The SCCA works to ensure the interests of shopping centre owners are understood, and appropriately protected, in the ongoing operation and periodic review of competition law and related policy.
All provisions of the Competition and Consumer Act (previously the Trade Practices Act) apply to shopping centre owners. In July 1998, the Federal Government also introduced section 51 AC of the then Trade Practices Act to “provide a new avenue for small and specialist retailers to pursue remedies against unconscionable conduct in the retail tenancy relationship”. (This provision is now included in Part 2-2 of the Competition and Consumer Act.) In 2001, following the passage of a special federal law, States and Territories progressively extended the jurisdiction of their retail tenancy tribunals to consider matters involving unconscionable conduct. This was done, according to these governments, to provide retail tenants with a lower cost and more easily accessible tribunal (than the Federal Court) to deal with allegations of unconscionable conduct.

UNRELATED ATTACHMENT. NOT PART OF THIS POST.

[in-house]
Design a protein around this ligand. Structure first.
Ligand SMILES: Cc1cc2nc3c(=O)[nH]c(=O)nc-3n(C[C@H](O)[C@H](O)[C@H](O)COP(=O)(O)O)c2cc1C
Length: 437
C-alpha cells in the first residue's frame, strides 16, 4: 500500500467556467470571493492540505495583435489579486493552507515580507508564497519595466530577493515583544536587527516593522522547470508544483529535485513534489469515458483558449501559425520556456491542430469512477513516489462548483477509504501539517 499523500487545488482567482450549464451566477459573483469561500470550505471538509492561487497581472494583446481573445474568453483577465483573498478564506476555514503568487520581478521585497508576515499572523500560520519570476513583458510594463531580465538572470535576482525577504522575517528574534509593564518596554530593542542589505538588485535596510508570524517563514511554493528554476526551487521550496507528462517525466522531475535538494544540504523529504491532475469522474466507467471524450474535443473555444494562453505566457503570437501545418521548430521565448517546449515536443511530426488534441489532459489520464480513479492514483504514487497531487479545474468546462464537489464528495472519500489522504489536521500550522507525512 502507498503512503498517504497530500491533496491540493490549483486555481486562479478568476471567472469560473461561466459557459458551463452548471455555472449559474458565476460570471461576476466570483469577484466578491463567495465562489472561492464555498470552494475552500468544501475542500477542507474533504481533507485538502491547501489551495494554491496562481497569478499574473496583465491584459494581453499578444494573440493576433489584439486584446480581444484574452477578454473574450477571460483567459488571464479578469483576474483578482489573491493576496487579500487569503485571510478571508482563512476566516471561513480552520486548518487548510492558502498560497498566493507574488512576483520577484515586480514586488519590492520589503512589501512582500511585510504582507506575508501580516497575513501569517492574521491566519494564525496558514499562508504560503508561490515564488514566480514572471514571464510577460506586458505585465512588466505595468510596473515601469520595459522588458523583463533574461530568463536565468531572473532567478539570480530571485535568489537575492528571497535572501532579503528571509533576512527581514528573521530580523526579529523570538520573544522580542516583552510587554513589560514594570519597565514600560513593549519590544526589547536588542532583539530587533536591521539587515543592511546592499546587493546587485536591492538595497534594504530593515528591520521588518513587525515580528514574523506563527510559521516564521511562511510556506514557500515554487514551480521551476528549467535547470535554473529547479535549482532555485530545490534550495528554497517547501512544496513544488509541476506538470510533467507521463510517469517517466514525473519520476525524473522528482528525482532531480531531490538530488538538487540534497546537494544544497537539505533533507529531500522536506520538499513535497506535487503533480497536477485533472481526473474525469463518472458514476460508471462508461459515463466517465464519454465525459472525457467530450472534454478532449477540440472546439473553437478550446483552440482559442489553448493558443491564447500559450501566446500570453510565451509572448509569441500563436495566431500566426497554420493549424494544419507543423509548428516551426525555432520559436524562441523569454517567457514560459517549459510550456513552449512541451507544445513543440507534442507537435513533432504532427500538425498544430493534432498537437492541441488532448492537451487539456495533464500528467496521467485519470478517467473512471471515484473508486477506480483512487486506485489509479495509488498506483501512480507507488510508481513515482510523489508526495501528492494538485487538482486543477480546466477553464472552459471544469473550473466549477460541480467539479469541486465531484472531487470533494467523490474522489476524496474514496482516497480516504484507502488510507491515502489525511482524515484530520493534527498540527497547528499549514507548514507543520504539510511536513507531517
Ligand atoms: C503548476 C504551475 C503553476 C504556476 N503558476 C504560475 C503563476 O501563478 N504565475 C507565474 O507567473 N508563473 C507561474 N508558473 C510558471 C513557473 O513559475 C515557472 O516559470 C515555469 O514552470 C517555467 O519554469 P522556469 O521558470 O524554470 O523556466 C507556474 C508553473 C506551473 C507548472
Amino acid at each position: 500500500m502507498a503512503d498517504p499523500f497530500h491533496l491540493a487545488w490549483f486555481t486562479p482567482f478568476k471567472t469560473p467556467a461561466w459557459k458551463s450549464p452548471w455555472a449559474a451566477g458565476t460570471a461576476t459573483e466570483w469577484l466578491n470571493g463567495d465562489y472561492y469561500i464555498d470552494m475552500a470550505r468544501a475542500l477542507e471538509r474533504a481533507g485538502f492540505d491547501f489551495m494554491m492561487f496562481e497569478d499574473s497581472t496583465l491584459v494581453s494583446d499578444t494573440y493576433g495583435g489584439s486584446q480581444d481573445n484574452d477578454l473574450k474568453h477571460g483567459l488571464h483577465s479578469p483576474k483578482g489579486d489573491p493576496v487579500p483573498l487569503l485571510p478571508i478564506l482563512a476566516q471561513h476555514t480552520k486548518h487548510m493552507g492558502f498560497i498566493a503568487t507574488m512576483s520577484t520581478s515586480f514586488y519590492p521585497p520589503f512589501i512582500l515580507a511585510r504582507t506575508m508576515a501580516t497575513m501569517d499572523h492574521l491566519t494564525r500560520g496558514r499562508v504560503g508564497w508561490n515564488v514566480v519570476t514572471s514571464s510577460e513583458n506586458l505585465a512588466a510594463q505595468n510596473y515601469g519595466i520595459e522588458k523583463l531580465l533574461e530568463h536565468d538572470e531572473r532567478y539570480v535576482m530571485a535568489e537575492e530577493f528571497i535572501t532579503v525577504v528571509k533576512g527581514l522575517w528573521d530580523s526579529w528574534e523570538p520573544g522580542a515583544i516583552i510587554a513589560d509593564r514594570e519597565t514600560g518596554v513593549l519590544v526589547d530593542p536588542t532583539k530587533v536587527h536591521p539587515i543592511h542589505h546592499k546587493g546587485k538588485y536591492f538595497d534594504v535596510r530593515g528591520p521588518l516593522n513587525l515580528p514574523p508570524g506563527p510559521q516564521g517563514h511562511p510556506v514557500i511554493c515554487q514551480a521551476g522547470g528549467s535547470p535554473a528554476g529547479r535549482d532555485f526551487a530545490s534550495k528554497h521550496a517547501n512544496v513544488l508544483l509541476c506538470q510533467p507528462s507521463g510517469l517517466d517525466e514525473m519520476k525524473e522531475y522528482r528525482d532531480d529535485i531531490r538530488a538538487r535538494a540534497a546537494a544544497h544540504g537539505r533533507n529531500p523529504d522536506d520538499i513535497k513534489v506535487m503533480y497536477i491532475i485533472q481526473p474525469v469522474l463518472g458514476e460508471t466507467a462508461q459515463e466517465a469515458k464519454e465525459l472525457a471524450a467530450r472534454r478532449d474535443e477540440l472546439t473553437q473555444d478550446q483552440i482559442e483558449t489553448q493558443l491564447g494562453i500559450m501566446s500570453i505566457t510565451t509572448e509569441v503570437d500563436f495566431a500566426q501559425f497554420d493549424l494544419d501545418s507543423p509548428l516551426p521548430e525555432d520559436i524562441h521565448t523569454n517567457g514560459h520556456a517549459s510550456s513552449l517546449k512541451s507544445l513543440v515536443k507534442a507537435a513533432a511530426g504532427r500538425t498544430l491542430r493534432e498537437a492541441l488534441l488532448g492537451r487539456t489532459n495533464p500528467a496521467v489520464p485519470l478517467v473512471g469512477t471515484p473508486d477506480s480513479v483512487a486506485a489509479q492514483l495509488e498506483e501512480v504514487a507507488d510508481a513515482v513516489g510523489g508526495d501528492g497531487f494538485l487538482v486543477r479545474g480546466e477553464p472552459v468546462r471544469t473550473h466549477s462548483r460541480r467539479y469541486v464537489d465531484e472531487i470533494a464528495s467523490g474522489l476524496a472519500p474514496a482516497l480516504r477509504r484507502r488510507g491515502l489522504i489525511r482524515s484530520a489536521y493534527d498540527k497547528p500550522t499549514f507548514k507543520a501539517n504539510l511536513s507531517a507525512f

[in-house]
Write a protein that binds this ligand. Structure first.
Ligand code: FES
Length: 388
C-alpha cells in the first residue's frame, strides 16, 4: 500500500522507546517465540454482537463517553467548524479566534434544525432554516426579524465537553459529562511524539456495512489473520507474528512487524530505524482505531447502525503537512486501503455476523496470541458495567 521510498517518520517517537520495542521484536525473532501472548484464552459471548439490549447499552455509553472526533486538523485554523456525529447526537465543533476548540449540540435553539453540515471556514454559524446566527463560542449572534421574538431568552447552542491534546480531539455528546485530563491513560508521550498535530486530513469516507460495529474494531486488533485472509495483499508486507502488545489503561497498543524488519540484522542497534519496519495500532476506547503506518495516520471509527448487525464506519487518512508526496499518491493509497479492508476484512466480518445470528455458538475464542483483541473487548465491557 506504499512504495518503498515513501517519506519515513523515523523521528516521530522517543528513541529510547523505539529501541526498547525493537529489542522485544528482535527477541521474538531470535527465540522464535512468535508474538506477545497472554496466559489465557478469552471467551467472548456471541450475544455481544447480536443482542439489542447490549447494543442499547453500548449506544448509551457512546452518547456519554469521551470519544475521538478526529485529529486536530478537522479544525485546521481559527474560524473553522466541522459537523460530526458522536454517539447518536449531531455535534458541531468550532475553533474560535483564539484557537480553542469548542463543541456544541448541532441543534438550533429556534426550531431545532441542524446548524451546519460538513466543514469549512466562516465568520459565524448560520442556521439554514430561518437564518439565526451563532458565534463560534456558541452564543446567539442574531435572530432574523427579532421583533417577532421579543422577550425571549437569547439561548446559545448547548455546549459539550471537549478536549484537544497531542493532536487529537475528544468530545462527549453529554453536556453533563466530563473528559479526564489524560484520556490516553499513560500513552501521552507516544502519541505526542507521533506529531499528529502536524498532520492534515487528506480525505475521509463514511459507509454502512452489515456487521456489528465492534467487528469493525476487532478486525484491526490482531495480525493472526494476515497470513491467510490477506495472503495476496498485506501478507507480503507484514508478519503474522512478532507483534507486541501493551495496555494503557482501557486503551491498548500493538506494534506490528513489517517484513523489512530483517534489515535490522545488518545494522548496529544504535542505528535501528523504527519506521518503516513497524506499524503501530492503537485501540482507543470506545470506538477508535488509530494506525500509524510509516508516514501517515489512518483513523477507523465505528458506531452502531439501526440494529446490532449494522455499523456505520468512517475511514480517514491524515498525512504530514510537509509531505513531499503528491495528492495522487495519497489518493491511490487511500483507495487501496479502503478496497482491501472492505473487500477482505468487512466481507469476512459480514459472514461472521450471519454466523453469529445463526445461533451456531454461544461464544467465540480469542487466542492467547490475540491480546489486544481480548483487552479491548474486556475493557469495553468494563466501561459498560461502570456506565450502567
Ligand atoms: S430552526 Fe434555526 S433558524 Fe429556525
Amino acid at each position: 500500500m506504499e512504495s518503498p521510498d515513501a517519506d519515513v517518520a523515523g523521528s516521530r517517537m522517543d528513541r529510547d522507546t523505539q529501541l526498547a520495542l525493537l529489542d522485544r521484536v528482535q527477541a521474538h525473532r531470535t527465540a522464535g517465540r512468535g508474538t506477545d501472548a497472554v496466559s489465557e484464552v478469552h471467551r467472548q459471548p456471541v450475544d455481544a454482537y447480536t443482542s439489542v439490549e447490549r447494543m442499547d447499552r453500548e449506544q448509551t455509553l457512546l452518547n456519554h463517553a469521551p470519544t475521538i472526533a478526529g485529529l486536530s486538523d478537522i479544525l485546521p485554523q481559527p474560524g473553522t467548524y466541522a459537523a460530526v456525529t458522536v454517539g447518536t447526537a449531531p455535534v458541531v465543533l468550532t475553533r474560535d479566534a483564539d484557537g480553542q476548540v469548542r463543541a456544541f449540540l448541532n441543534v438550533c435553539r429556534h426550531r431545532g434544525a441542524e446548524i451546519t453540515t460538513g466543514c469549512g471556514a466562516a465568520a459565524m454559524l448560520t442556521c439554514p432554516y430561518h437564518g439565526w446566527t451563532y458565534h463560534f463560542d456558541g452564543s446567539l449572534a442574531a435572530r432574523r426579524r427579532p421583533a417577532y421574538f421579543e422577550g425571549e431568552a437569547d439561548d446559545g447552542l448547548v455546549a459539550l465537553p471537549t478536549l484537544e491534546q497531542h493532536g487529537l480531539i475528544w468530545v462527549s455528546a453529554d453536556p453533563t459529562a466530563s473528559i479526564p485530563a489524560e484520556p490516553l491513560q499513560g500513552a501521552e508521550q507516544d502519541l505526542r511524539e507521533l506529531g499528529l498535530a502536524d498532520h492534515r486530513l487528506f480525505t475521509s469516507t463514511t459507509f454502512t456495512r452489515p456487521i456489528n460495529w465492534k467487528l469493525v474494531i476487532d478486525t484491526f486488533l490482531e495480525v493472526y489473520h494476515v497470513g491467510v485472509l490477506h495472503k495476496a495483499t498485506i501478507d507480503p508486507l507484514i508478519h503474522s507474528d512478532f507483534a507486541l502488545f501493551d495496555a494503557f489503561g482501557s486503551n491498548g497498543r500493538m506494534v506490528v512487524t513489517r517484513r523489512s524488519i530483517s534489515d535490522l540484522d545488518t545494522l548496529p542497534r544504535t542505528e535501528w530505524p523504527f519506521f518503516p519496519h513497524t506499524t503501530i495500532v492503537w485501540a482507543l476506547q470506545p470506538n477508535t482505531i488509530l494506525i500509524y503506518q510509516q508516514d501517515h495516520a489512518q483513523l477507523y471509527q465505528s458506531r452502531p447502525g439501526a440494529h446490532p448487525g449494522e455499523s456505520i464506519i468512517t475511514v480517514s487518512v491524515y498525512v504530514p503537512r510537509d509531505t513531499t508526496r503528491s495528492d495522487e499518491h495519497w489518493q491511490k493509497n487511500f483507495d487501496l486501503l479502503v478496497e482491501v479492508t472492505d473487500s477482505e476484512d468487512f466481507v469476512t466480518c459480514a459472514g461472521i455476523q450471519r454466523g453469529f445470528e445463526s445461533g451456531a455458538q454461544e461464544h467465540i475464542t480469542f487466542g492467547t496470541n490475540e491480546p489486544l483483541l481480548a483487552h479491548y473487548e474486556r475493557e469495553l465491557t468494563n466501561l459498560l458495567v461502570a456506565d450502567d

Even though the Federal Parliament does not have direct responsibility for retail tenancy matters, from time to time it has commissioned parliamentary inquiries into aspects of retail tenancy regulation. From time to time the Productivity Commission also undertakes inquiries into aspects of the retail industry and the retail leasing industry.
- Submission to Treasury regarding the Australian Consumer Law Review, 9 December 2016
- Submission on the Australian Consumer Law Review, 27 May 2016
- Submission to Federal Government, re response to the Final Report of the Competition Policy Review Panel, 26 May 2015
- Submission to Competition Policy Review Panel, re ‘Response to Draft Report’, 17 November 2014
- Submission to Competition Policy Review Panel, re Issues Paper, 6 June 2014
- Submission to the ACCC re Grocery Inquiry, 2 May 2008